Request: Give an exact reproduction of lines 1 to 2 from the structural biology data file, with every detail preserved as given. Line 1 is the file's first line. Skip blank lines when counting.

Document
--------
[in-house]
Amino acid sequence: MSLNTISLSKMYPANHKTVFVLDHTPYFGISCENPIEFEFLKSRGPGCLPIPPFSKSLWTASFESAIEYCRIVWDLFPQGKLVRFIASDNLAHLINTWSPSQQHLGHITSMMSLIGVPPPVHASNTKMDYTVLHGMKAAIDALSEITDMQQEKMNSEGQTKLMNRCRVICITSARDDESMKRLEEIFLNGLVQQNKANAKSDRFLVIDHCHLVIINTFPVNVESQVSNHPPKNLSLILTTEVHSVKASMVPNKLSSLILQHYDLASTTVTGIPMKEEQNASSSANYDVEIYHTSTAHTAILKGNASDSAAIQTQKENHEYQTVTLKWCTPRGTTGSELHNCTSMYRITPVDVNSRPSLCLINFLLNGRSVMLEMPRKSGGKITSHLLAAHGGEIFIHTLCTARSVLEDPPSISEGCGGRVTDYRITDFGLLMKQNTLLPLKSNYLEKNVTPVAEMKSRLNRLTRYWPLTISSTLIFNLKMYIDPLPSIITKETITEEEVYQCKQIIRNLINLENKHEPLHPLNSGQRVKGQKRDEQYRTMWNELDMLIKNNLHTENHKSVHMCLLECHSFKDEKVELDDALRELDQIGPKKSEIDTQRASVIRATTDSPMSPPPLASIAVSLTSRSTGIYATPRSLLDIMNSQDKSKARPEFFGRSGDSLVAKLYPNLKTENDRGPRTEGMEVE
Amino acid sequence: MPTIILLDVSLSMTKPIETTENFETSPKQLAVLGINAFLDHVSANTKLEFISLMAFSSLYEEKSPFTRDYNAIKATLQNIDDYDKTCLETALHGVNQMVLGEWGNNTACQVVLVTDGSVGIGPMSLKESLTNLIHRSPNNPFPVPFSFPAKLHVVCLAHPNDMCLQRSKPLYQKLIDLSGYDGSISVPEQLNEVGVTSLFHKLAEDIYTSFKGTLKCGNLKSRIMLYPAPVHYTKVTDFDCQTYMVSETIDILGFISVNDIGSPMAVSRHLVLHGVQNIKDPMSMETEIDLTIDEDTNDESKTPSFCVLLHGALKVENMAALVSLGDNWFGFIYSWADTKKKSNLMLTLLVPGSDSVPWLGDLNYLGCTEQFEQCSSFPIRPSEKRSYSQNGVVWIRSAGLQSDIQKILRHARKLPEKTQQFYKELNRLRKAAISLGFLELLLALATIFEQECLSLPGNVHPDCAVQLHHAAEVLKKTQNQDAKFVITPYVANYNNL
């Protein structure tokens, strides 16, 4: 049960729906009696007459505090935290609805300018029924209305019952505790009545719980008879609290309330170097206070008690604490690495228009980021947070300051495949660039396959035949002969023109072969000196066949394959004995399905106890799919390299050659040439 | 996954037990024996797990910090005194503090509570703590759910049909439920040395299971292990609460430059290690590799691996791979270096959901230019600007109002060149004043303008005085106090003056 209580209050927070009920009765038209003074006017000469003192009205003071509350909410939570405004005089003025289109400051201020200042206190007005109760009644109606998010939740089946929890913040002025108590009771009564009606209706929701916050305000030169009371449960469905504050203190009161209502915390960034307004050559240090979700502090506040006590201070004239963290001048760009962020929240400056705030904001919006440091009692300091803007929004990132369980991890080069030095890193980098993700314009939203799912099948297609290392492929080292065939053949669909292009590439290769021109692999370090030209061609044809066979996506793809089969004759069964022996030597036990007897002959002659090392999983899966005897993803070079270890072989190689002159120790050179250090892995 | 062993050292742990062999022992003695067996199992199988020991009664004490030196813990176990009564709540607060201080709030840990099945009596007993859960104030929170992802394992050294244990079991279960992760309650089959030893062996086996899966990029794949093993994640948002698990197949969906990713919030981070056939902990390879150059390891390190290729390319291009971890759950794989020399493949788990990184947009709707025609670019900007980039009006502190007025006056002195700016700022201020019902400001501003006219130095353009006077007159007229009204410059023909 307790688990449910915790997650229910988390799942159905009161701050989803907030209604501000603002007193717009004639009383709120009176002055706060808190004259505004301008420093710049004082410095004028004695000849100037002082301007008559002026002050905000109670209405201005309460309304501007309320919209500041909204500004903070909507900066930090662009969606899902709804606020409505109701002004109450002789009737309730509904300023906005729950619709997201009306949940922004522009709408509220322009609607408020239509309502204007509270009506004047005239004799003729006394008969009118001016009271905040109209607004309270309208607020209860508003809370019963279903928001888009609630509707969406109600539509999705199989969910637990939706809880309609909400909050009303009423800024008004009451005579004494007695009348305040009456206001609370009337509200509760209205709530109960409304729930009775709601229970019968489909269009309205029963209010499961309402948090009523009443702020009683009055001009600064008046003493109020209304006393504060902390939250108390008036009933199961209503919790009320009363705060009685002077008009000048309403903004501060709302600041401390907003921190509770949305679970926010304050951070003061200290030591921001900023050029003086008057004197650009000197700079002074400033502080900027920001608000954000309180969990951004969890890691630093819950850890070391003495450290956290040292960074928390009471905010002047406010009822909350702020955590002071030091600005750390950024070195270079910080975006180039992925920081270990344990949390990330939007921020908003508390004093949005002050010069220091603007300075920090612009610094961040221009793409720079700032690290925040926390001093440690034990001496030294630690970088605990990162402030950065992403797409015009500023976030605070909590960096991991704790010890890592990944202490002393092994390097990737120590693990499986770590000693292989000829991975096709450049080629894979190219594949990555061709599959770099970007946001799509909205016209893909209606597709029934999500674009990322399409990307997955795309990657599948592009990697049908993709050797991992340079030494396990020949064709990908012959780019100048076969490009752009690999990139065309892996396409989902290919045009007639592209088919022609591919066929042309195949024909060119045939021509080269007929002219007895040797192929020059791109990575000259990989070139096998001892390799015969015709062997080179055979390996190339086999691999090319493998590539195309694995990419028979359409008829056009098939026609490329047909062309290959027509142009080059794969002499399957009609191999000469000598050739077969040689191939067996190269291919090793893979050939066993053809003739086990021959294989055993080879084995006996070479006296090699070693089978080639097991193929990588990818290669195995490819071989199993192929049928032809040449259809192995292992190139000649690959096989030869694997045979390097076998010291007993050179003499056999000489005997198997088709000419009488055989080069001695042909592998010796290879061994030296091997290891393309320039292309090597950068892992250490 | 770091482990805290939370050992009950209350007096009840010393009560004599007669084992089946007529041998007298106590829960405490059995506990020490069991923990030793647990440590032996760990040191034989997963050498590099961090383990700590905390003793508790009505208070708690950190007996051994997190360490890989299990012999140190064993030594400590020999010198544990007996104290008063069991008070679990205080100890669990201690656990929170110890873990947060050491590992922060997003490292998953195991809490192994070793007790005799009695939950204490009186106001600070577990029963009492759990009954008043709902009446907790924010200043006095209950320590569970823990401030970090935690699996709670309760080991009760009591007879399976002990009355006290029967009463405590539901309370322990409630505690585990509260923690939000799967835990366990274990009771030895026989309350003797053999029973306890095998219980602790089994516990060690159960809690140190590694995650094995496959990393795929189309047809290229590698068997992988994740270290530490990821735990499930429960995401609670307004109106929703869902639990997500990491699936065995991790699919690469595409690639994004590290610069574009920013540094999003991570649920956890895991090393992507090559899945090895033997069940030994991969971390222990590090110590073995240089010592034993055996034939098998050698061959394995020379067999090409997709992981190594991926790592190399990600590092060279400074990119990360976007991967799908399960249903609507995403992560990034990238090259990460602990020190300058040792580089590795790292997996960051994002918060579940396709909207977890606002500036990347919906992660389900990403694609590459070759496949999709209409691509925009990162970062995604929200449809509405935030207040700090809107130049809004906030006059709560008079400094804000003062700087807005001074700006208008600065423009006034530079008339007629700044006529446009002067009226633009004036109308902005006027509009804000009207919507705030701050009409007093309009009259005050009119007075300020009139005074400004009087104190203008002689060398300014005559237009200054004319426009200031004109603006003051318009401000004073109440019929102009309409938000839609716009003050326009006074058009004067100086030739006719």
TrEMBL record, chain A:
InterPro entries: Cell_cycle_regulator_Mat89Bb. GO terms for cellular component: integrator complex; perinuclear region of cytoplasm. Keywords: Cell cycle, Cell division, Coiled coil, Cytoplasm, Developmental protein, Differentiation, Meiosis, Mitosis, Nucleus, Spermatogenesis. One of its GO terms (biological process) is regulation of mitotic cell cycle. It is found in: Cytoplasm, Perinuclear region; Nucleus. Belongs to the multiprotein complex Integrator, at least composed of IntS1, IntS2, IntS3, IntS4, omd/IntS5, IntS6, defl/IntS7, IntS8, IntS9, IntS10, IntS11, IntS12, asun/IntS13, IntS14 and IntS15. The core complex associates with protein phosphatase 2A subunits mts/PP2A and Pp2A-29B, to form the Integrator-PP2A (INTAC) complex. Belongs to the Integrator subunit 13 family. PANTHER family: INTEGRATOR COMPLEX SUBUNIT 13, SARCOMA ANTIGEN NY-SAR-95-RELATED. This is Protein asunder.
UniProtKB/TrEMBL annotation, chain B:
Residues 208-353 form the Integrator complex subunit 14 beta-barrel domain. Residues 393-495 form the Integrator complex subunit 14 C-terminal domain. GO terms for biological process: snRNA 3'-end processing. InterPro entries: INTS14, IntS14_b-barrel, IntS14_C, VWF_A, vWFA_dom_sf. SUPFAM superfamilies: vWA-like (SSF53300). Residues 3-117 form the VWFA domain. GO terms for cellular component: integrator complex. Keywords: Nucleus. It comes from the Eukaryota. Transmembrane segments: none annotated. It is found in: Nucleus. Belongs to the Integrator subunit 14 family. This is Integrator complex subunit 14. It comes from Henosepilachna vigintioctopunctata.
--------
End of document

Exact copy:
[in-house]
Amino acid sequence: MSLNTISLSKMYPANHKTVFVLDHTPYFGISCENPIEFEFLKSRGPGCLPIPPFSKSLWTASFESAIEYCRIVWDLFPQGKLVRFIASDNLAHLINTWSPSQQHLGHITSMMSLIGVPPPVHASNTKMDYTVLHGMKAAIDALSEITDMQQEKMNSEGQTKLMNRCRVICITSARDDESMKRLEEIFLNGLVQQNKANAKSDRFLVIDHCHLVIINTFPVNVESQVSNHPPKNLSLILTTEVHSVKASMVPNKLSSLILQHYDLASTTVTGIPMKEEQNASSSANYDVEIYHTSTAHTAILKGNASDSAAIQTQKENHEYQTVTLKWCTPRGTTGSELHNCTSMYRITPVDVNSRPSLCLINFLLNGRSVMLEMPRKSGGKITSHLLAAHGGEIFIHTLCTARSVLEDPPSISEGCGGRVTDYRITDFGLLMKQNTLLPLKSNYLEKNVTPVAEMKSRLNRLTRYWPLTISSTLIFNLKMYIDPLPSIITKETITEEEVYQCKQIIRNLINLENKHEPLHPLNSGQRVKGQKRDEQYRTMWNELDMLIKNNLHTENHKSVHMCLLECHSFKDEKVELDDALRELDQIGPKKSEIDTQRASVIRATTDSPMSPPPLASIAVSLTSRSTGIYATPRSLLDIMNSQDKSKARPEFFGRSGDSLVAKLYPNLKTENDRGPRTEGMEVE